While monsoon always brings with it traffic snarls, in most Indian metros, traffic jams are now a given in any season or time of the year. It is a no-brainer that music is the best stress buster. Especially when it comes to traffic. Though music is a very personal choice, here is my list of a few international tracks that are making waves on the charts and are sure to make the waiting in traffic bearable…
If you feel like singing in the rain, go right ahead!
1. Passionfruit by Drake
Not just because this song is the best that new Drake can be. He is not that weak and cheerless rapper anymore who only cried about failed relationships and a career going south. The song is not quite a dancehall imitation, but rather, it blends his version of the Jamaican genre with undertones of adult contemporary – rendered in a strong and confident voice, not a wobbly or vibrating falsetto. “Passionfruit” showcases the best things about the rapper: his sensitivity, his ability to craft a dance-worthy beat, yet a playfulness and a certain amount of positivity. The song’s soft drums—accented with snares that flutter rather than hit will pair perfectly with the soft drumming of raindrops.
2. Mask Off by Future
This trap rap/ Southern hip-hop number can best be described as hypnotic – one that you will be compelled to play on a loop. The cold dark and minimal production sets a great stage for Future’s typical lazy/slurred trap rapping. The flute lick in the background is not the only highpoint of the score. The drums aren’t abrasive either, sitting perfectly in the mix, and with just the right about of bass needed in a traffic snarl. The flow of the Atlanta rapper’s voice is also intriguing – from a bouncy, playful delivery to rapping like he’s half asleep in the middle of counting his money. In just a two week period, the track became a dominant presence at Spotify, garnering over 17 million plays in the U.S. alone. Listen to it – you will know why.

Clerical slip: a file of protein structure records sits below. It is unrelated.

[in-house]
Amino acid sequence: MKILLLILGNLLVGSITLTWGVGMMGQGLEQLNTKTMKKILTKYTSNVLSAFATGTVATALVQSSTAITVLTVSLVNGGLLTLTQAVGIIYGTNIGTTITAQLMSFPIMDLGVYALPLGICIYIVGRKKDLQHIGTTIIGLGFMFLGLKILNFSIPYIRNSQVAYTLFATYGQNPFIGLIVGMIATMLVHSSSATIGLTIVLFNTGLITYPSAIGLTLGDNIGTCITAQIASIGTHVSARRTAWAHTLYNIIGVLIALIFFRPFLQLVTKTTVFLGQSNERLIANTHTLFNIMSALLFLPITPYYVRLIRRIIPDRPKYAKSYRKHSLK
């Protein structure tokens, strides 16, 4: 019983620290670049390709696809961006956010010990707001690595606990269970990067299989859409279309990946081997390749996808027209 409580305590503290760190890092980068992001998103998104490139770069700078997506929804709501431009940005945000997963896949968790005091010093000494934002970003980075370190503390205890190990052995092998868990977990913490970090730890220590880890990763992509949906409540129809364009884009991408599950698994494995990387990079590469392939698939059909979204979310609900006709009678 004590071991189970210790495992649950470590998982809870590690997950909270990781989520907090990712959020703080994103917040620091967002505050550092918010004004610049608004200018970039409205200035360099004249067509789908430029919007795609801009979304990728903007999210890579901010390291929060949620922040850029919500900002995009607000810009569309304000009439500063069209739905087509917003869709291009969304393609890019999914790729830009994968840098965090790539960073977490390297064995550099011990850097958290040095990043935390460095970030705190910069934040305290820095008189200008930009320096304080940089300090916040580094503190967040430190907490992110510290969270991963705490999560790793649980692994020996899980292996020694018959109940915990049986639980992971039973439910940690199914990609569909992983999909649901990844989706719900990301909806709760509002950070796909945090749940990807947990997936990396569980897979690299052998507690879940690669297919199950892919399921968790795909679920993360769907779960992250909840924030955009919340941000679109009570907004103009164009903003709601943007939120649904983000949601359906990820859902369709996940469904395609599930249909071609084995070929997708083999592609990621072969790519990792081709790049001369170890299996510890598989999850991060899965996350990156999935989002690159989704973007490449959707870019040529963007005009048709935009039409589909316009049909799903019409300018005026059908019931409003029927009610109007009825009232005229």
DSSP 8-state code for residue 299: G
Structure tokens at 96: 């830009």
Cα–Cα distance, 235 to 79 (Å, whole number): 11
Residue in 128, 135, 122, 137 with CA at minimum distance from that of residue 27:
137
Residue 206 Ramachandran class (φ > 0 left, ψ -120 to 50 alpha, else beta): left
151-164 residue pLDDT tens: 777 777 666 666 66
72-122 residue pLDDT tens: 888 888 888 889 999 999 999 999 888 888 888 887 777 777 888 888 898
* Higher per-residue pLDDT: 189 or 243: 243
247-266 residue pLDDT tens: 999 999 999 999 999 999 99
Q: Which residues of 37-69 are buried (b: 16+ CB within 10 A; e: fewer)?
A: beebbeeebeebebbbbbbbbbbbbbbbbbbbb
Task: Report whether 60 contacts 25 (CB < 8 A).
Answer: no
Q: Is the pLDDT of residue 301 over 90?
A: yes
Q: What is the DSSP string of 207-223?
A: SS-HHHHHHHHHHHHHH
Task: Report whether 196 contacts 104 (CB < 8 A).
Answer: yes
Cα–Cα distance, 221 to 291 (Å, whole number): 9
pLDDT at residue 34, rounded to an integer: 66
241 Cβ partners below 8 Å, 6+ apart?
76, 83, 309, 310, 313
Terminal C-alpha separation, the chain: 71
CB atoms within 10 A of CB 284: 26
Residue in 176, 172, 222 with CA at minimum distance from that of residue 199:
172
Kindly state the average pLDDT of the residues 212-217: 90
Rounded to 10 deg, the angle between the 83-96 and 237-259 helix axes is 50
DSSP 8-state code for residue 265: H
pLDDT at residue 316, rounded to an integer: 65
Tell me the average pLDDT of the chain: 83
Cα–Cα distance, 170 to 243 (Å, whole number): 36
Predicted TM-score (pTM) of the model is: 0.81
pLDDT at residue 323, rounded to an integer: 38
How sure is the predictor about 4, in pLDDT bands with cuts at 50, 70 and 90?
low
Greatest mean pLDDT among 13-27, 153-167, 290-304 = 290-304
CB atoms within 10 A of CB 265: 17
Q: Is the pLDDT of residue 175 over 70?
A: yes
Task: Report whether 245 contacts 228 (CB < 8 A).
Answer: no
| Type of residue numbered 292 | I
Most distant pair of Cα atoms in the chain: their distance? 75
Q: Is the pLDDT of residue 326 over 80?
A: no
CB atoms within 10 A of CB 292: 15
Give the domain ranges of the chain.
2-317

3. Unforgettable by French Montana
French Montana teamed up with Rae Sremmurd’s Swae Lee on this track that relies on Afrobeats to make it the trippy number that it is. The video, that was shot in Kampala, Uganda shows locals having a good time with French and Swae Lee, and we see them hitting some crazy dance moves in unison. The poignant return to his motherland in Africa is underscored by French’s strong connection to the Triplets Ghetto Kids, and to the emotional crowds of Kampala locals who embraced him on his journey. The pure joy they take in their music and dancing transcends the extreme poverty of the region. The entire project is now the subject of a deeply uplifting documentary film as well. Numerous celebrities, including Travis Scott participated in the ‘Unforgettable Dance Challenge’ on social media for the single that was originally released on French Montana’s birthday in November of 2016, but quickly removed from all streaming services and websites shortly after the song was made public. In April of 2017, French announced the re-release of the infectious track that promises to take your rain-infused euphoria to another level.
4. Swalla by Jason Derulo ft. Nicki Minaj & Ty Dolla $ign
Reminiscent of Robert Palmer’s iconic Eighties videos, “Swalla” features Derulo dancing, singing and strutting alongside a quartet of similarly styled models. But that is not the only thing that is charming about this number. Swalla starts off with a tropical house vibe. That’s followed by a monster chorus that makes this dance-pop/ electro-pop/ dancehall/ pop-rap number a no-brainer for every party for the next six months. Dolla $ign does sing way better than Derulo. Try it, it will lift your spirits quite a bit.
5. Attention by Charlie Puth
His debut album, Nine Track Mind was panned universally, but with Attention, Charlie Puth redeems himself. The single from his sophomore album is true to Puth’s organic sound while putting a surprising R&B flare on the overall aesthetic. It is a smart and suave R&B/pop experiment. Puth’s falsetto was among his strong suits on Nine Track Mind, and it’s even stronger on his performance on “Attention” – save for that moment where his voice cracks…briefly. And I’m not going to spoil it for you by telling you where. Talking of lyrics, the best lyrical moment occurs on the pre-chorus: “I know that dress is karma, perfume regret / You got me thinking about when you were mine…” The groovy beat and the noticeable charm are simply bonuses in the long run…or, your drive.
Text by Mr Nakulogic